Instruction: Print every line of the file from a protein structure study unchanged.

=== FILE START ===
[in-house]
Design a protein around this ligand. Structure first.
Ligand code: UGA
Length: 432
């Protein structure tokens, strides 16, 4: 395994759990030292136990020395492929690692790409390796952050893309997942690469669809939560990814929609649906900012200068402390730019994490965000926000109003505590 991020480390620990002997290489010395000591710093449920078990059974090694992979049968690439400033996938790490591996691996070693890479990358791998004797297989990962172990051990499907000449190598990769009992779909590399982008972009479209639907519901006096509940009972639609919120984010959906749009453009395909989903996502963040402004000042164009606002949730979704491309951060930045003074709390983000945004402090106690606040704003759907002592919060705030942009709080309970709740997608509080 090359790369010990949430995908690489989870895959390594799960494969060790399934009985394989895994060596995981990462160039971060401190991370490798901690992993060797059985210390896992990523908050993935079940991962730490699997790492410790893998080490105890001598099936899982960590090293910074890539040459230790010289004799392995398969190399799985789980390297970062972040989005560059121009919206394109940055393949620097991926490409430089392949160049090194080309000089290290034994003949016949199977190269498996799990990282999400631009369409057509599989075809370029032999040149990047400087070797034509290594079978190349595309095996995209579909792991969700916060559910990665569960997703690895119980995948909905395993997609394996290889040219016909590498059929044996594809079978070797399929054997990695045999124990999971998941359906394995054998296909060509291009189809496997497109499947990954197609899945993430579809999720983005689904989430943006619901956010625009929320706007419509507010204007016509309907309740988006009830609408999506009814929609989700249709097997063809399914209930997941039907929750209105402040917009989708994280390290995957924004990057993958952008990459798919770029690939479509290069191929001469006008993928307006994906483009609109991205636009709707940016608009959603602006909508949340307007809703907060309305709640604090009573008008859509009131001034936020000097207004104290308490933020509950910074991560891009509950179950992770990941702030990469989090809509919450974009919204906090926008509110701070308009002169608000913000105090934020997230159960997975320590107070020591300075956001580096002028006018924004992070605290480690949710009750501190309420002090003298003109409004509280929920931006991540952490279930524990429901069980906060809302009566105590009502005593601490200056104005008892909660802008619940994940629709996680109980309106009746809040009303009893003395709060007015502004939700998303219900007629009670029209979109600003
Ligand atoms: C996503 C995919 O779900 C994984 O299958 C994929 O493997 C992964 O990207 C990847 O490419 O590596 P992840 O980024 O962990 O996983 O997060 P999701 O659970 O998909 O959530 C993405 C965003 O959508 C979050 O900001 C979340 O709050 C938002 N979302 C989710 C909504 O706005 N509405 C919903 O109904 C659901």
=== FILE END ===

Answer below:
[in-house]
Design a protein around this ligand. Structure first.
Ligand code: UGA
Length: 432
């Protein structure tokens, strides 16, 4: 395994759990030292136990020395492929690692790409390796952050893309997942690469669809939560990814929609649906900012200068402390730019994490965000926000109003505590 991020480390620990002997290489010395000591710093449920078990059974090694992979049968690439400033996938790490591996691996070693890479990358791998004797297989990962172990051990499907000449190598990769009992779909590399982008972009479209639907519901006096509940009972639609919120984010959906749009453009395909989903996502963040402004000042164009606002949730979704491309951060930045003074709390983000945004402090106690606040704003759907002592919060705030942009709080309970709740997608509080 090359790369010990949430995908690489989870895959390594799960494969060790399934009985394989895994060596995981990462160039971060401190991370490798901690992993060797059985210390896992990523908050993935079940991962730490699997790492410790893998080490105890001598099936899982960590090293910074890539040459230790010289004799392995398969190399799985789980390297970062972040989005560059121009919206394109940055393949620097991926490409430089392949160049090194080309000089290290034994003949016949199977190269498996799990990282999400631009369409057509599989075809370029032999040149990047400087070797034509290594079978190349595309095996995209579909792991969700916060559910990665569960997703690895119980995948909905395993997609394996290889040219016909590498059929044996594809079978070797399929054997990695045999124990999971998941359906394995054998296909060509291009189809496997497109499947990954197609899945993430579809999720983005689904989430943006619901956010625009929320706007419509507010204007016509309907309740988006009830609408999506009814929609989700249709097997063809399914209930997941039907929750209105402040917009989708994280390290995957924004990057993958952008990459798919770029690939479509290069191929001469006008993928307006994906483009609109991205636009709707940016608009959603602006909508949340307007809703907060309305709640604090009573008008859509009131001034936020000097207004104290308490933020509950910074991560891009509950179950992770990941702030990469989090809509919450974009919204906090926008509110701070308009002169608000913000105090934020997230159960997975320590107070020591300075956001580096002028006018924004992070605290480690949710009750501190309420002090003298003109409004509280929920931006991540952490279930524990429901069980906060809302009566105590009502005593601490200056104005008892909660802008619940994940629709996680109980309106009746809040009303009893003395709060007015502004939700998303219900007629009670029209979109600003
Ligand atoms: C996503 C995919 O779900 C994984 O299958 C994929 O493997 C992964 O990207 C990847 O490419 O590596 P992840 O980024 O962990 O996983 O997060 P999701 O659970 O998909 O959530 C993405 C965003 O959508 C979050 O900001 C979340 O709050 C938002 N979302 C989710 C909504 O706005 N509405 C919903 O109904 C659901």